Monday, August 21, 2017

Brian Aldiss, RIP

Unfortunately, Brian Aldiss's family have this morning confirmed his death, on Friday, his 92nd birthday.

It is with great sadness we announce the death of our beloved father & grandfather. Brian died peacefully at home on his 92nd birthday ^TA
8:00 AM - 21 Aug 2017

And the full statement, courtesy the Brian Aldiss Fan Page on FaceBook:

Announcement of the death of Brian Aldiss O.B.E.

It is with sadness that we announce the death of Brian Wilson Aldiss O.B.E. author, artist and poet, at his home in Oxford in the early hours of Saturday 19th August 2017, aged 92. Author of British Science Fiction classics Non-stop, Hothouse and Greybeard, Aldiss's writing spanned genres and generations, bridging the gap between classic science fiction and contemporary literature with his Helliconia Trilogy and Thomas Squire Quartet. Aldiss was also an entertaining memoirist, notably basing his Horatio Stubbs saga on his wartime adventures in Burma and the Far East, as well as the autobiography The Twinkling of an Eye.

A friend and drinking companion of Kingsley Amis and correspondent with C.S. Lewis and J.R.R. Tolkien, Aldiss was a founding member of the Groucho Club in London and a judge on the 1981 Booker Prize. Awarded the Hugo Award for Science Fiction in 1962 and the Nebula Award in 1965, Aldiss's writings were well received by the critics and earned a strong following in the United States and in Britain as well as being widely translated into foreign languages. In later years his cultured world view and enduring curiosity found expression in the novels Harm and The Finches of Mars, dealing with the contradictions of the war against terror and the logistical difficulties of accommodating different terrestrial belief systems in space.

Among his considerable body of short fiction are the ‘Supertoys’ stories, adapted for film as A.I., on which Aldiss collaborated with Stanley Kubrick for over a decade before its completion by Steven Spielberg. His novel Frankenstein Unbound was made for screen by Roger Corman.
In 2000 Brian Aldiss was awarded an Honorary Doctorate from the University of Reading and received the title of Grandmaster from the Science Fiction and Fantasy Writers of America. He was honoured by Her Majesty the Queen for services to Literature with the O.B.E. in the 2005 Birthday Honours list.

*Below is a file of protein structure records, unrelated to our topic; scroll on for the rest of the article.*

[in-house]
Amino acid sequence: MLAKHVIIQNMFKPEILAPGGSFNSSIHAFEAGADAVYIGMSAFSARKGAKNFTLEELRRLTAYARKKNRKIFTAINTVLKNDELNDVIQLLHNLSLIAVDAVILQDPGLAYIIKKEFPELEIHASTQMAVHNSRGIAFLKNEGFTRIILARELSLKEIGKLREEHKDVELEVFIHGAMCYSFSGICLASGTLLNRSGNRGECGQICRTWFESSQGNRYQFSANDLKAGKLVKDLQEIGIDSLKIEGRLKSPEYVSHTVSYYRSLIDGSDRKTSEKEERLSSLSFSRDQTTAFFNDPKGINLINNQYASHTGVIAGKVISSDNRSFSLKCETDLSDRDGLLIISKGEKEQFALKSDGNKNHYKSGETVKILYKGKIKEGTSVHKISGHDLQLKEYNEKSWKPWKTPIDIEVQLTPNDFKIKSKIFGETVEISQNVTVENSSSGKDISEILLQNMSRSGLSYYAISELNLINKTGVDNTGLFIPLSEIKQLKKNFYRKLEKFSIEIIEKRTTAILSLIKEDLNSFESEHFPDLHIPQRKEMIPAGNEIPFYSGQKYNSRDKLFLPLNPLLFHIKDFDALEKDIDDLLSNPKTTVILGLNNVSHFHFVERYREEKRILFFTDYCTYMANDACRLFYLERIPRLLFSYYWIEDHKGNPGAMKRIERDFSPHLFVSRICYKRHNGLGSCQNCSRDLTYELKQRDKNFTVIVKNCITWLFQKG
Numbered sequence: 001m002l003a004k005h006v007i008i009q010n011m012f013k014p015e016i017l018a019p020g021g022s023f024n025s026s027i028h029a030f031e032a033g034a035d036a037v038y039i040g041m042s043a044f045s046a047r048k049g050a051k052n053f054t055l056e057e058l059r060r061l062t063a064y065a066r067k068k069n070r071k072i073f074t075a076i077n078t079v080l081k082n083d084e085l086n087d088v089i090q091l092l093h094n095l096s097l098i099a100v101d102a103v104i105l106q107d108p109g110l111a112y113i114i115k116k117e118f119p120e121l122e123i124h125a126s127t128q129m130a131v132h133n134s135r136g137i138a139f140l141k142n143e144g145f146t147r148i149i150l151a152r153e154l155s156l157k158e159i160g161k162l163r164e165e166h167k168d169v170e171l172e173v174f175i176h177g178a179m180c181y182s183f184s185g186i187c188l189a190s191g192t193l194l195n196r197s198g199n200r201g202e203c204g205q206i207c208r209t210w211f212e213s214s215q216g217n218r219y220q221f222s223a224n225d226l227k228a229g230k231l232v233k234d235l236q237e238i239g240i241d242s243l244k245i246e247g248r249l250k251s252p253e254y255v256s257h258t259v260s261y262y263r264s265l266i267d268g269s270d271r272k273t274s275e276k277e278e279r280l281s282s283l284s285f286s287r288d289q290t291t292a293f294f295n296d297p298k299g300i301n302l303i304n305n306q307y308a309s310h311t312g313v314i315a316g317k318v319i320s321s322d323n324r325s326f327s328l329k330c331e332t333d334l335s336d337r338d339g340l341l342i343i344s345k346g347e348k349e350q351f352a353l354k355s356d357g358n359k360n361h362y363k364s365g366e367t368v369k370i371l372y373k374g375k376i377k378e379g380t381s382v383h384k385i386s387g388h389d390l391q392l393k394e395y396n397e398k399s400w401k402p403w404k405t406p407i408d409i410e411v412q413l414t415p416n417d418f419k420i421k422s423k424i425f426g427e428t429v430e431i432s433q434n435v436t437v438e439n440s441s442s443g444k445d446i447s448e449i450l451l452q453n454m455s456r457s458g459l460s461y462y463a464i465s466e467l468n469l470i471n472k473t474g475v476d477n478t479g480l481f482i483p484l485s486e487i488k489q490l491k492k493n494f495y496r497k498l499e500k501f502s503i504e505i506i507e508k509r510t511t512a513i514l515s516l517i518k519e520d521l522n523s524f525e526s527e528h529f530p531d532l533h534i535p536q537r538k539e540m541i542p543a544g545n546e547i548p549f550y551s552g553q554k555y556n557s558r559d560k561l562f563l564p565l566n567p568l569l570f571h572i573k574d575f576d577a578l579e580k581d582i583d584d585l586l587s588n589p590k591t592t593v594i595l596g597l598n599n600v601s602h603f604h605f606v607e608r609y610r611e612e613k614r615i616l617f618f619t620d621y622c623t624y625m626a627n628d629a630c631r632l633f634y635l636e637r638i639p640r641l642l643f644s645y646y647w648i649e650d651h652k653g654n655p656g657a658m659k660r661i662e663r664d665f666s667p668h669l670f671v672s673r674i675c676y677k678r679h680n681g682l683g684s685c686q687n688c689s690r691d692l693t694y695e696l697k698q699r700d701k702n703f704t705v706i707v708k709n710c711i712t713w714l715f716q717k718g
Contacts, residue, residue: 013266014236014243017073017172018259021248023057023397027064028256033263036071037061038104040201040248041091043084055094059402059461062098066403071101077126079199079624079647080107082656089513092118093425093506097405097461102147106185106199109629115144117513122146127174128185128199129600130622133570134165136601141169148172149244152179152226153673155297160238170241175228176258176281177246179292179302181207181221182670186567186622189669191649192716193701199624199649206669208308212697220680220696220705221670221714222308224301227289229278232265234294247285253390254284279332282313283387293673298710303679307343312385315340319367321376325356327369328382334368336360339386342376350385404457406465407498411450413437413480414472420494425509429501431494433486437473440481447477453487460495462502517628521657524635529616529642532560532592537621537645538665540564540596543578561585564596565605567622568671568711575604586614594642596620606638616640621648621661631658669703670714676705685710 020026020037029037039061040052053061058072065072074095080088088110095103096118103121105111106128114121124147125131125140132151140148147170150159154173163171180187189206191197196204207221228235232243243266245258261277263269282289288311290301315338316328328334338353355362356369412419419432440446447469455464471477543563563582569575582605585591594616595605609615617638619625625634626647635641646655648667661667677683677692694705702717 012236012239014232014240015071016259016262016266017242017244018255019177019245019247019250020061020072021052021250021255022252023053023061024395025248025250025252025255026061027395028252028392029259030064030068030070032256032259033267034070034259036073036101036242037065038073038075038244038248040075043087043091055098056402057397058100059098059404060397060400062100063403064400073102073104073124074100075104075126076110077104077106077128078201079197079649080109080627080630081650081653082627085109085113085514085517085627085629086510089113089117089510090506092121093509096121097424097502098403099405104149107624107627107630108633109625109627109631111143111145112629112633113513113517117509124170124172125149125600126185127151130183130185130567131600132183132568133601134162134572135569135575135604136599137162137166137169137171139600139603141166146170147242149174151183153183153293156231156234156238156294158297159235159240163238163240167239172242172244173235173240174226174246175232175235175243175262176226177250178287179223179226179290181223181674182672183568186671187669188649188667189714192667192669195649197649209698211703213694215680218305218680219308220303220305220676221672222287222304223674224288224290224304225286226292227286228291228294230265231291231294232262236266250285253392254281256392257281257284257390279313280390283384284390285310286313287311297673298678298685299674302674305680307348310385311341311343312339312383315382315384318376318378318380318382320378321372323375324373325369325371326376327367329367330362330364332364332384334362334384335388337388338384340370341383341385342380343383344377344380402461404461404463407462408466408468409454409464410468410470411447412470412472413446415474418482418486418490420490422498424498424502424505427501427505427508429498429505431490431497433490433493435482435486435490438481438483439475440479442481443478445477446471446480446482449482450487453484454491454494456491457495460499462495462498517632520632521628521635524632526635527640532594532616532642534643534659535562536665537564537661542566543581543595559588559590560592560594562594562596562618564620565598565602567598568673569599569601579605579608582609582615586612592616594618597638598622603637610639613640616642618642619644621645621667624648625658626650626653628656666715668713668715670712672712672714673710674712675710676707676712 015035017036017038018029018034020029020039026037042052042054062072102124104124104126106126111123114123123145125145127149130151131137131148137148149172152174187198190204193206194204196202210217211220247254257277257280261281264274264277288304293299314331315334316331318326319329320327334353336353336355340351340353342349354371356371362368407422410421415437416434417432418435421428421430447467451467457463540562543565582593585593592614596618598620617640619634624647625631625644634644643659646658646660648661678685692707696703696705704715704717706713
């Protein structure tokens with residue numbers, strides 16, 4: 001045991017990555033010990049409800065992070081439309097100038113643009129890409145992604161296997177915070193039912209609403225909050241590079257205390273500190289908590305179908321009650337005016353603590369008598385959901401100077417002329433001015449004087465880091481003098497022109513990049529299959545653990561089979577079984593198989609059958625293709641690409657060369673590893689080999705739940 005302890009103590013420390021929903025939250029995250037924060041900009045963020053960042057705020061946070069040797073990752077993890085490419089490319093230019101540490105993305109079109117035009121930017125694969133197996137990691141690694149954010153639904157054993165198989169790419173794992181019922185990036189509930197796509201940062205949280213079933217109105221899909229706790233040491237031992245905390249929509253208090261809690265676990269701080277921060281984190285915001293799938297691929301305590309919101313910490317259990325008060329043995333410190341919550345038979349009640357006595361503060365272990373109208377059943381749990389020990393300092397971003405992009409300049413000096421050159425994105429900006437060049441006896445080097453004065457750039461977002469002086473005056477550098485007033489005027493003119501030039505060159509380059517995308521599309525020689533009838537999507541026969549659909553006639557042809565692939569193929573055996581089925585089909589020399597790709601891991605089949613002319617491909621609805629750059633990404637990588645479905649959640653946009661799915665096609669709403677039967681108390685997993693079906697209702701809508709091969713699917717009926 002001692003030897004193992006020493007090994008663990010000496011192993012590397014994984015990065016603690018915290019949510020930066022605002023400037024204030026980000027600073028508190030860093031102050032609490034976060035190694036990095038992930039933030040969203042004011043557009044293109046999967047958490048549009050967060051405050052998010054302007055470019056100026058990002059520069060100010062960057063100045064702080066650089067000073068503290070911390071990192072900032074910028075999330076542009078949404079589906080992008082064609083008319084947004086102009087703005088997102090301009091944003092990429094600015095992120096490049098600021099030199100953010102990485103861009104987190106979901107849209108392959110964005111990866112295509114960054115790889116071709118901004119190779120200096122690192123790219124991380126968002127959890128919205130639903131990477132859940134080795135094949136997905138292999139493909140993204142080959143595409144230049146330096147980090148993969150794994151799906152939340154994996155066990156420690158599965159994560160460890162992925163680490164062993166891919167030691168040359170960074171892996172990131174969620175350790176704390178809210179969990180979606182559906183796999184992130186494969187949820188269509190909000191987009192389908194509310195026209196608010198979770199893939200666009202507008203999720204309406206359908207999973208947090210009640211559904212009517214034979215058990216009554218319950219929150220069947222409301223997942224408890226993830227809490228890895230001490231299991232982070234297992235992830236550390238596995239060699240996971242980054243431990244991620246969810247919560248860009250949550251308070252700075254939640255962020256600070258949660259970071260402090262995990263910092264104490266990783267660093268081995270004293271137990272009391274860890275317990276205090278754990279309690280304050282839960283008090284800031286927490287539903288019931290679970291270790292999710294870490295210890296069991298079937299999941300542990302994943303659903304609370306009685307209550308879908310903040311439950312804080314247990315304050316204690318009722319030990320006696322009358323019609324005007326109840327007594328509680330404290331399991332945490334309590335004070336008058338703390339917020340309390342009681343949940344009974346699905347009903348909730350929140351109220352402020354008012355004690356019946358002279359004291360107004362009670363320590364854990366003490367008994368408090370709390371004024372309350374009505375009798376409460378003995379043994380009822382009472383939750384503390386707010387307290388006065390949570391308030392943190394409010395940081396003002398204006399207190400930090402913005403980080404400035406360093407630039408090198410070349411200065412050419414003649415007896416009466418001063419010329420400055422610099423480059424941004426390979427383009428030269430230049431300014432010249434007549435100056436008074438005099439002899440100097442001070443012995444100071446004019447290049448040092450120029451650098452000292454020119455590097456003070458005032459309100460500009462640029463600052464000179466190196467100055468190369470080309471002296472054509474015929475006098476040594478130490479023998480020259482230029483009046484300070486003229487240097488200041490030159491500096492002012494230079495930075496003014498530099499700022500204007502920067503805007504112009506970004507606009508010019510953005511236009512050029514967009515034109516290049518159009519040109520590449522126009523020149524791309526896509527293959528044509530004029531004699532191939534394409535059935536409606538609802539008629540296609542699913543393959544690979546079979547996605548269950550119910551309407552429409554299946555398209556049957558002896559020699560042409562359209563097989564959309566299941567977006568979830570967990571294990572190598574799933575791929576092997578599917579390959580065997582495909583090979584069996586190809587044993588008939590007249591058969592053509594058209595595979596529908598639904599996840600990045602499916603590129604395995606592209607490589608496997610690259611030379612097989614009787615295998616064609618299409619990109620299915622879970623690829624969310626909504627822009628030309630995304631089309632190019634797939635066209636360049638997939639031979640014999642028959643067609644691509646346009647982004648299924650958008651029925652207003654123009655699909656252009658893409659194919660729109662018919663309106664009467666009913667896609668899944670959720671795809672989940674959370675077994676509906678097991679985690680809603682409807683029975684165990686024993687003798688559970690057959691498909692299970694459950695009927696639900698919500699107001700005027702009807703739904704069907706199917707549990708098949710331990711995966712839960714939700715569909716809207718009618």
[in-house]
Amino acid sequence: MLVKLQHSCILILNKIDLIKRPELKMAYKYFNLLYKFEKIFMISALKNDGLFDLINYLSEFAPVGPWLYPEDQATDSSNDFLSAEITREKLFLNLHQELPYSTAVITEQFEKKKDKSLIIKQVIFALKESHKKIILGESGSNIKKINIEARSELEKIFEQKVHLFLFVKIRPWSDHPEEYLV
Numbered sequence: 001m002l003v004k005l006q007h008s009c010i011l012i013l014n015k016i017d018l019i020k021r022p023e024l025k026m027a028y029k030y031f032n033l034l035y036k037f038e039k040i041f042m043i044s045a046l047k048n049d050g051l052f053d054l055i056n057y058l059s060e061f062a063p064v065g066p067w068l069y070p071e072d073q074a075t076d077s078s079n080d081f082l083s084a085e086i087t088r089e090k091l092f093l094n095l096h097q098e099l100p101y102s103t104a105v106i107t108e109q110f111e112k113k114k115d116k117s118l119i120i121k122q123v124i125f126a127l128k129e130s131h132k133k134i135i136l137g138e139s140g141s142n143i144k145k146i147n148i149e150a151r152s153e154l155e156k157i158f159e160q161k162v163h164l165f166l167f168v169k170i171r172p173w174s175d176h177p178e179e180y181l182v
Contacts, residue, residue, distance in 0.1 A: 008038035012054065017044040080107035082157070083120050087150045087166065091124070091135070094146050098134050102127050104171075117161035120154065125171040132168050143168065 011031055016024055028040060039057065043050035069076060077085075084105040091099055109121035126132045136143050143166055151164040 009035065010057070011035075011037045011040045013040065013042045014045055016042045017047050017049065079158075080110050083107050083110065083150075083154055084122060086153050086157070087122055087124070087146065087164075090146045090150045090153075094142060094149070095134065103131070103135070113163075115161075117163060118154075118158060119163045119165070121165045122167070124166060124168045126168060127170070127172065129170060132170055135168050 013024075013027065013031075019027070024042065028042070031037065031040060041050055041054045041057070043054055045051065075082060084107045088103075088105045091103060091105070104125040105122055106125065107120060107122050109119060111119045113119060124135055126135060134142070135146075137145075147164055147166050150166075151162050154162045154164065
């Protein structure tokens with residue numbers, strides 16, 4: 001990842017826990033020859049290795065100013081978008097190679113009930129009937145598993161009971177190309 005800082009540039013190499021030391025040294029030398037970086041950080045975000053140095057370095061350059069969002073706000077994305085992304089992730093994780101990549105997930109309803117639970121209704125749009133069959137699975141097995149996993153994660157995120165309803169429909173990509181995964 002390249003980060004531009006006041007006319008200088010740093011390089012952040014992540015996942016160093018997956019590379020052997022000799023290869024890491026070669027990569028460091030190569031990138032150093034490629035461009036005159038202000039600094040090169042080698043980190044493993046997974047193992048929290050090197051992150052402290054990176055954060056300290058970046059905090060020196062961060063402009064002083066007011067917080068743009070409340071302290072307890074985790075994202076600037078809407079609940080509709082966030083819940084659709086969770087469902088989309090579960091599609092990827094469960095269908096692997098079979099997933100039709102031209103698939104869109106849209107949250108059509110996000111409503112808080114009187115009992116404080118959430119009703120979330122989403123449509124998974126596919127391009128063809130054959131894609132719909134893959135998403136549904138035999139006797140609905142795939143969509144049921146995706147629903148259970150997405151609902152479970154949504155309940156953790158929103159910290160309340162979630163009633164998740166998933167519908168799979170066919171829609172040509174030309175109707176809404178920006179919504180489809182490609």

my post last night began:
'I quote to him something he wrote in 1990: “Just as the [literary] establishment is philistine about science, the bulk of the science-fiction readership is philistine about literature.” “Ha!” he cries gleefully, “offends both parties.” “Well done, Brian,” says Alison, rolling her eyes.'

--Brian Aldiss, reveling in telling what is too frequently the truth...though these days, it's more likely philistinism between contemporary-fiction writers and fantastic-fiction writers, aside from those who have frequently done both, such as Aldiss. This quotation from

Further links:

And my own thoughts about his work, from this morning on a discussion list which includes many of his friends, and simply long-term readers such as myself:

"Manuscript Found in a Police State" and "Full Sun" were my first Aldiss fictions, when I was 9yo and, with "Police State" fascinated by the concept of the hellish jail, a sort of water-wheel structure, the protagonist found himself in...probably introduced me to the concept of a police state, as well. And the reverse lycanthropy of "Full Sun" amused me. His and Harry Harrison's annual Best SF '71 was one of the first of my father's anthologies I read at about the same time, introducing me to Donald Barthelme as well as Barry N. Malzberg, Cynthia Ozick as well as Robert Sheckley, and gave me my first taste of non-cartoon Gahan Wilson...

The memoirs and critical writing joined my encounters with further fiction not long after. 


Sergio (Tipping My Fedora) said...

Sound like he had a good life and a good death. I have read very little of his work actually - started with BILLION YEAR SPREE (never got to TRILLION upgrade). Anthony Burgess though a lot of his LIFE IN THE WEST as I recall ...

Todd Mason said...

The worst Aldiss I've read was well-written and a bit playful while po-faced goofy. The best should survive and continue to be read for quite some time. A lot more of the latter.I think you have a fair amount of interesting reading ahead of you, Sergio. Among the best entry points, so to put it, would be "Let's Be Frank"...or BURY MY HEART AT W. H. SMITH'S...or...James Blish considered BAREFOOT IN THE HEAD a suitable heir to James Joyce's most challenging work, and a more accessible way to approach similar effects and subject matter. And then there's HOTHOUSE and the HELLICONIA and other short series books...

Anonymous said...

Just ordered BURY MY HEART but my natural laziness will probably keep me away from BAREFOOT as that just sounds like too tough an entry point!